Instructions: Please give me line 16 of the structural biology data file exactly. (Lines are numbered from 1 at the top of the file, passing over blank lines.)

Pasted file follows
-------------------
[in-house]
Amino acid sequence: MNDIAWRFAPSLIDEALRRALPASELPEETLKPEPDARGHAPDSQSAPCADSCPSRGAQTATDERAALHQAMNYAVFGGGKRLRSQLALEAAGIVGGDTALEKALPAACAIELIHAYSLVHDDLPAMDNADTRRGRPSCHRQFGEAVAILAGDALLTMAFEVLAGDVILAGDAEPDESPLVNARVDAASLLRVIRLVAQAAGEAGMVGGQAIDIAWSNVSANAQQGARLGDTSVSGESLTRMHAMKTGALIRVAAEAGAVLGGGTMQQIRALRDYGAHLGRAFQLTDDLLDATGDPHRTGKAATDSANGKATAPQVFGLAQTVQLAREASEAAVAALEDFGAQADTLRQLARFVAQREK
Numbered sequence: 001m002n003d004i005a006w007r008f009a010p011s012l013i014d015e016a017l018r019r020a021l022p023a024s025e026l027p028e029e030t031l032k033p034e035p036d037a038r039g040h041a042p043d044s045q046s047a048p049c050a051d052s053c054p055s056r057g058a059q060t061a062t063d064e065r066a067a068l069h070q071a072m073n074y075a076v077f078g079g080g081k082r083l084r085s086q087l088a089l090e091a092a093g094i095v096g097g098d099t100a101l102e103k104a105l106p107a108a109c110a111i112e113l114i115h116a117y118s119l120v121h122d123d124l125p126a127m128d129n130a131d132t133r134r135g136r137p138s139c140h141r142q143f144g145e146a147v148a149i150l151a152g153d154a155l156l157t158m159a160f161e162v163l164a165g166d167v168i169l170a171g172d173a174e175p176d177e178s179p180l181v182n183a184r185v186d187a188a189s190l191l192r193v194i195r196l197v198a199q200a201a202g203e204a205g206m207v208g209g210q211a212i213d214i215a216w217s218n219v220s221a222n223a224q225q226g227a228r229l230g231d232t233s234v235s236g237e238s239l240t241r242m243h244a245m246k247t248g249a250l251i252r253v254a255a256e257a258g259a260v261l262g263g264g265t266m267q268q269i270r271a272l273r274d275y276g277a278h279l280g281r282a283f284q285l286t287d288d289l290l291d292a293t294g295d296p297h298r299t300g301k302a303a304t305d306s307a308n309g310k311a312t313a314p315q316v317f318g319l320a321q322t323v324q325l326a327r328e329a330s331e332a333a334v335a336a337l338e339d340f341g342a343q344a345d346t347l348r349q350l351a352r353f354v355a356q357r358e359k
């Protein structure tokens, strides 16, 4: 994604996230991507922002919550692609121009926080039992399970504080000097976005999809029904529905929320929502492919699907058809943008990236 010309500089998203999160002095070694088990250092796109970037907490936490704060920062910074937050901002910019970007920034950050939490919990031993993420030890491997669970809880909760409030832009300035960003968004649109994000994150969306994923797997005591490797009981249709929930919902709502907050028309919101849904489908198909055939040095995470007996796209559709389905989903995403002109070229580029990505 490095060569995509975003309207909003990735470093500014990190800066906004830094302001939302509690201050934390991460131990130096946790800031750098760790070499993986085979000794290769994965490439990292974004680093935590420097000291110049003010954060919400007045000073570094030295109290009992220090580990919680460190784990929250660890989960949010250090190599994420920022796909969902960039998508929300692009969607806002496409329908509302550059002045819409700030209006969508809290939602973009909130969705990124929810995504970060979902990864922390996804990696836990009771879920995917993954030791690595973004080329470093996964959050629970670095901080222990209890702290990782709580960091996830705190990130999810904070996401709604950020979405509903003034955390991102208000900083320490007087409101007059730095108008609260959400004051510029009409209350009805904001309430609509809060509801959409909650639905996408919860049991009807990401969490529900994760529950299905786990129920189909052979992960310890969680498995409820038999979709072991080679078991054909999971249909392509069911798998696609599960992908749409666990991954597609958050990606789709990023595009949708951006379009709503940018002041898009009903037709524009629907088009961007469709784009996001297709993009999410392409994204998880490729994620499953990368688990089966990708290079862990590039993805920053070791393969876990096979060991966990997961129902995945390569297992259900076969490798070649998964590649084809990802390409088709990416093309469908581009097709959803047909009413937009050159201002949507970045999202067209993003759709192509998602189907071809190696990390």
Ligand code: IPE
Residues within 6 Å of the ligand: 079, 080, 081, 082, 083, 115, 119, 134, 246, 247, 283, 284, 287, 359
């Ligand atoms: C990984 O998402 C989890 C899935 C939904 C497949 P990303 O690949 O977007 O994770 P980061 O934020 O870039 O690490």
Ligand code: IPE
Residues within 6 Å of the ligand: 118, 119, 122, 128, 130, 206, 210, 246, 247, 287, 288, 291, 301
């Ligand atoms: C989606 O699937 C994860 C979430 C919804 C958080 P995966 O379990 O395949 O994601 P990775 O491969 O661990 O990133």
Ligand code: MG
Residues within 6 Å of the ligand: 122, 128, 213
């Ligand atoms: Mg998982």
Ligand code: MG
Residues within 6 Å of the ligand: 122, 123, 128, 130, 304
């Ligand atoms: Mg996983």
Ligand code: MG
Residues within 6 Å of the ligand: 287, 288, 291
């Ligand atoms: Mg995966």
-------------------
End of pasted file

């Ligand atoms: Mg996983």